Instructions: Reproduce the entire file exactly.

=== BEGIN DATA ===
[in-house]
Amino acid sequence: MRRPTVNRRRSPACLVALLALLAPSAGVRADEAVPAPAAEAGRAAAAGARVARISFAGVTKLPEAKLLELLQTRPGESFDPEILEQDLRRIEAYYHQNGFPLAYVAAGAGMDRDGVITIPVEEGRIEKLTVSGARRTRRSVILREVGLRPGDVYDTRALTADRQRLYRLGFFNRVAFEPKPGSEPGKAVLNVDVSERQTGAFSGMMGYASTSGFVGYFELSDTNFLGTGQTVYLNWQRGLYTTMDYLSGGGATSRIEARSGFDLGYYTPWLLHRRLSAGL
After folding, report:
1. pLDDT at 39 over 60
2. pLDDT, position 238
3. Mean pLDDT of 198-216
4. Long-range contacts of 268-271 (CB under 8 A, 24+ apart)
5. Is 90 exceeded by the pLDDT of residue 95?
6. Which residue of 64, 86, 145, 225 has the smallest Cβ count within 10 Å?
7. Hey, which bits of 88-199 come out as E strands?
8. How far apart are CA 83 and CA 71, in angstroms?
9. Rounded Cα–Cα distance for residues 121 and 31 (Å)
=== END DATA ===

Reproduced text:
[in-house]
Amino acid sequence: MRRPTVNRRRSPACLVALLALLAPSAGVRADEAVPAPAAEAGRAAAAGARVARISFAGVTKLPEAKLLELLQTRPGESFDPEILEQDLRRIEAYYHQNGFPLAYVAAGAGMDRDGVITIPVEEGRIEKLTVSGARRTRRSVILREVGLRPGDVYDTRALTADRQRLYRLGFFNRVAFEPKPGSEPGKAVLNVDVSERQTGAFSGMMGYASTSGFVGYFELSDTNFLGTGQTVYLNWQRGLYTTMDYLSGGGATSRIEARSGFDLGYYTPWLLHRRLSAGL
After folding, report:
1. pLDDT at 39 over 60
2. pLDDT, position 238
3. Mean pLDDT of 198-216
4. Long-range contacts of 268-271 (CB under 8 A, 24+ apart)
5. Is 90 exceeded by the pLDDT of residue 95?
6. Which residue of 64, 86, 145, 225 has the smallest Cβ count within 10 Å?
7. Hey, which bits of 88-199 come out as E strands?
8. How far apart are CA 83 and CA 71, in angstroms?
9. Rounded Cα–Cα distance for residues 121 and 31 (Å)